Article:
At festive grand opening ceremonies on Monday for the Santa Angelina Apartments in Placentia, 64 units of affordable and permanent supportive housing for seniors, my heart was full thinking about all our partners but especially the risk-taking, love-spreading people of the Episcopal Church of the Blessed Sacrament.

Because while church people are famously averse to change, Blessed Sacrament’s congregation, under the leadership of their rector, the Rev. Barrett Van Buren, and a succession of wardens and vestry members, including the current senior warden, Ned Bergert, knowingly put themselves through nearly two years of controlled construction chaos leading to the complete transformation of their gracious campus. Parents of preschoolers can also be anxious, and yet the families of the parish’s renowned Blessed Sacrament Children’s Learning Center were also troopers. Director Tracie Donaldson’s calm, encouraging leadership played no small part.

As for the student body themselves, they played a starring role in the dedication ceremonies, singing “God Bless America” plus a sturdy praise song for good measure. After Ned and the Rev. Dominique Nicolette Piper prayed us in, and Michael Beaver from the parish’s American Legion chapter led us in the pledge, two county supervisors, the Hons. Doug Chaffee and Katrina Foley, headlined some 18 speakers, of whom I was blessed to be one. Our rolls included Gov. Newsom’s energetic senior advisor on homelessness, Hafsa Kaka, who promised to come see me at St. Paul’s Commons, Echo Park. Our diocesan and Episcopal Communities & Services housing director, the Rev. Michael S. Bell, was a standout with a deeply moving talk inspired by the blessing of his late father’s access to dignified, affordable housing.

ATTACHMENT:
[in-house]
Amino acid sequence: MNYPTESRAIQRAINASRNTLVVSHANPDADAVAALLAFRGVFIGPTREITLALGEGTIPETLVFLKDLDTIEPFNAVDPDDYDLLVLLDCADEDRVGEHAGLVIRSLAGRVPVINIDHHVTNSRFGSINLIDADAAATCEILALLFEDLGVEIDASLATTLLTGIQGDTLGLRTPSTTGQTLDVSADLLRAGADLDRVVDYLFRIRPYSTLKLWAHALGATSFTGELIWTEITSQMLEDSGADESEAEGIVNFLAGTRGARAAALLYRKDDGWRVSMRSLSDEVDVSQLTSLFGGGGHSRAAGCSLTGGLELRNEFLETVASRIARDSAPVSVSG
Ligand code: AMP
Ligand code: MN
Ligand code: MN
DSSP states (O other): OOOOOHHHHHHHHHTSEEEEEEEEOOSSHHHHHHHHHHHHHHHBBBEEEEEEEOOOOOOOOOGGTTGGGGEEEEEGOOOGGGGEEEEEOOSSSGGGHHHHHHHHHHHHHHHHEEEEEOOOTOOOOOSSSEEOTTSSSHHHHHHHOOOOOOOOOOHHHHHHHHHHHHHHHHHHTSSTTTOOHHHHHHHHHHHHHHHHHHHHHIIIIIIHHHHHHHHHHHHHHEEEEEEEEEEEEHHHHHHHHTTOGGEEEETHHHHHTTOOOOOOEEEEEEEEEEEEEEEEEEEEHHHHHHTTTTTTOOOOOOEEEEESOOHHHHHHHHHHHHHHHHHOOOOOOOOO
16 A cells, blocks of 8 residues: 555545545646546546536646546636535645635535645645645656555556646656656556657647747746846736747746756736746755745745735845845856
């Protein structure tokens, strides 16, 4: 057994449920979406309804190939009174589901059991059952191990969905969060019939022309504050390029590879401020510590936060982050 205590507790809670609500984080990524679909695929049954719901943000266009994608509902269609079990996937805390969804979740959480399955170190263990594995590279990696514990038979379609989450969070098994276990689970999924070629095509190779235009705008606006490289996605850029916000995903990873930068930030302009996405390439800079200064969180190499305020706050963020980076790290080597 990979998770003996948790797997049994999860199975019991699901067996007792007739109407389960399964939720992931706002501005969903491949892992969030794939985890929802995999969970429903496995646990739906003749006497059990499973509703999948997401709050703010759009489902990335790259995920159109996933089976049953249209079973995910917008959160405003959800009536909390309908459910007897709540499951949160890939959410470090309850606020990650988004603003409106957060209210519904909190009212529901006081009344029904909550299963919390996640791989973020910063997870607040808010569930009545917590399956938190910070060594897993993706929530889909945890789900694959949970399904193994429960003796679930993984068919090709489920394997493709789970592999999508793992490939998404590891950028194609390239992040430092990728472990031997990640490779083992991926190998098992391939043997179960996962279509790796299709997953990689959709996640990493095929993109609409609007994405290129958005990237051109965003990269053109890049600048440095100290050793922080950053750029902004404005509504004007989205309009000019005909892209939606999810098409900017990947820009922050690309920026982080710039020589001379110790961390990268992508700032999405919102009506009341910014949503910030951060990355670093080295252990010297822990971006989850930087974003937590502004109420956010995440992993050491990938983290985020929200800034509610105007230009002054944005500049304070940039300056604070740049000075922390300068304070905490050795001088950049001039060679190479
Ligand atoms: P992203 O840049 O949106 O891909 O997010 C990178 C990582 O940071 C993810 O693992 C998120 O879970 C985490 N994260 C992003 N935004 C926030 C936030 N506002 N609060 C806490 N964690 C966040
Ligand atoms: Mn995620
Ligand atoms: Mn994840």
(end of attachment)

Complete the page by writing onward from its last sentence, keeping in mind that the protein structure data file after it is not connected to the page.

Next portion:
Fresh from a trip back east, the hardest working volunteer diocesan treasurer in Christendom, Canon Andy Tomat, was able to be present, as was Placentian Kathy Frazee, retired Cal State Fullerton librarian and the widow of my beloved friend and church history at Bloy House, Charles Frazee. ECS’s brass, Cathy May, James Rothrock, and Sharon Pewtress, and builder National Community Renaissance’s Mike Ruane and Alexa Washburn were distinguished guests — all of them heroes of housing justice and colleagues for whom I give thanks daily. We want 30 more dedication ceremonies just like this one as we build affordable housing on 25% of our 133 church campuses. Indeed representatives from two more churches that have taken the plunge, St. Joseph’s Episcopal Church, Buena Park and St. Ambrose Episcopal Church in Claremont, were in the audience.

Afterward we enjoyed a delicious lunch in the brand new parish hall, a joint use area shared with Santa Angelina. Then we got tours of the cozy, light filled apartments. Oh, the joy of walking these new halls with their new apartment building smell. May they echo with conversation and laughter for years to come. The 21 units of permanent affordable housing even come with some furniture and kitchenware. Some apartments look out over the churchyard and preschool, where everyone is ready for the neighbors we just haven’t met yet — a breathtaking modern-day miracle of hope, belonging, and safety because a congregation that is pledged to the glory of God and the care of God’s people said yes.